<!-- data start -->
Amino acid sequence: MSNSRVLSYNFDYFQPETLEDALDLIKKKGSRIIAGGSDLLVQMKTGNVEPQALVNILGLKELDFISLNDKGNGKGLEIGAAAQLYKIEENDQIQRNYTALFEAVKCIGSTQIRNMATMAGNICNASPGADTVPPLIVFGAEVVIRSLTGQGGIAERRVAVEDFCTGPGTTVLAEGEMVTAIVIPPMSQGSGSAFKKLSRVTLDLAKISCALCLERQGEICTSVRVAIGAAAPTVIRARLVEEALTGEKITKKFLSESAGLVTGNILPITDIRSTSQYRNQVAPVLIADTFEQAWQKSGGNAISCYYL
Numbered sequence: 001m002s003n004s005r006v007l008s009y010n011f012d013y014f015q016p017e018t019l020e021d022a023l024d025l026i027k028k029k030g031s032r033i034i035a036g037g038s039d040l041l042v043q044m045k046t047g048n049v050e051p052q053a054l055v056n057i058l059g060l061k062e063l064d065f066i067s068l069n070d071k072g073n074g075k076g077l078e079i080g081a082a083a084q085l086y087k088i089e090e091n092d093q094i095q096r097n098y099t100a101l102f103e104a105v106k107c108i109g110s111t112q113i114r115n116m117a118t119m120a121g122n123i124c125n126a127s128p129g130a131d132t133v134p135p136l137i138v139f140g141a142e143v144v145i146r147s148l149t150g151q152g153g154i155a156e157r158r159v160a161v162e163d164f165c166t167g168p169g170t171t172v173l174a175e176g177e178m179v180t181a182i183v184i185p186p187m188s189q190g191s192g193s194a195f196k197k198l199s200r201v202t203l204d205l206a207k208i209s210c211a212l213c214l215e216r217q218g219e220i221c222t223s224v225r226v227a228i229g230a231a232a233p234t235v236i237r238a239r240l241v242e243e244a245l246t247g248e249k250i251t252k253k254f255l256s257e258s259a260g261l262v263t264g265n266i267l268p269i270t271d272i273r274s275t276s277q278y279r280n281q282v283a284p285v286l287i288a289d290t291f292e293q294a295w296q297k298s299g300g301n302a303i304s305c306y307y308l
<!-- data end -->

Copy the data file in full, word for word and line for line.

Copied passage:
Amino acid sequence: MSNSRVLSYNFDYFQPETLEDALDLIKKKGSRIIAGGSDLLVQMKTGNVEPQALVNILGLKELDFISLNDKGNGKGLEIGAAAQLYKIEENDQIQRNYTALFEAVKCIGSTQIRNMATMAGNICNASPGADTVPPLIVFGAEVVIRSLTGQGGIAERRVAVEDFCTGPGTTVLAEGEMVTAIVIPPMSQGSGSAFKKLSRVTLDLAKISCALCLERQGEICTSVRVAIGAAAPTVIRARLVEEALTGEKITKKFLSESAGLVTGNILPITDIRSTSQYRNQVAPVLIADTFEQAWQKSGGNAISCYYL
Numbered sequence: 001m002s003n004s005r006v007l008s009y010n011f012d013y014f015q016p017e018t019l020e021d022a023l024d025l026i027k028k029k030g031s032r033i034i035a036g037g038s039d040l041l042v043q044m045k046t047g048n049v050e051p052q053a054l055v056n057i058l059g060l061k062e063l064d065f066i067s068l069n070d071k072g073n074g075k076g077l078e079i080g081a082a083a084q085l086y087k088i089e090e091n092d093q094i095q096r097n098y099t100a101l102f103e104a105v106k107c108i109g110s111t112q113i114r115n116m117a118t119m120a121g122n123i124c125n126a127s128p129g130a131d132t133v134p135p136l137i138v139f140g141a142e143v144v145i146r147s148l149t150g151q152g153g154i155a156e157r158r159v160a161v162e163d164f165c166t167g168p169g170t171t172v173l174a175e176g177e178m179v180t181a182i183v184i185p186p187m188s189q190g191s192g193s194a195f196k197k198l199s200r201v202t203l204d205l206a207k208i209s210c211a212l213c214l215e216r217q218g219e220i221c222t223s224v225r226v227a228i229g230a231a232a233p234t235v236i237r238a239r240l241v242e243e244a245l246t247g248e249k250i251t252k253k254f255l256s257e258s259a260g261l262v263t264g265n266i267l268p269i270t271d272i273r274s275t276s277q278y279r280n281q282v283a284p285v286l287i288a289d290t291f292e293q294a295w296q297k298s299g300g301n302a303i304s305c306y307y308l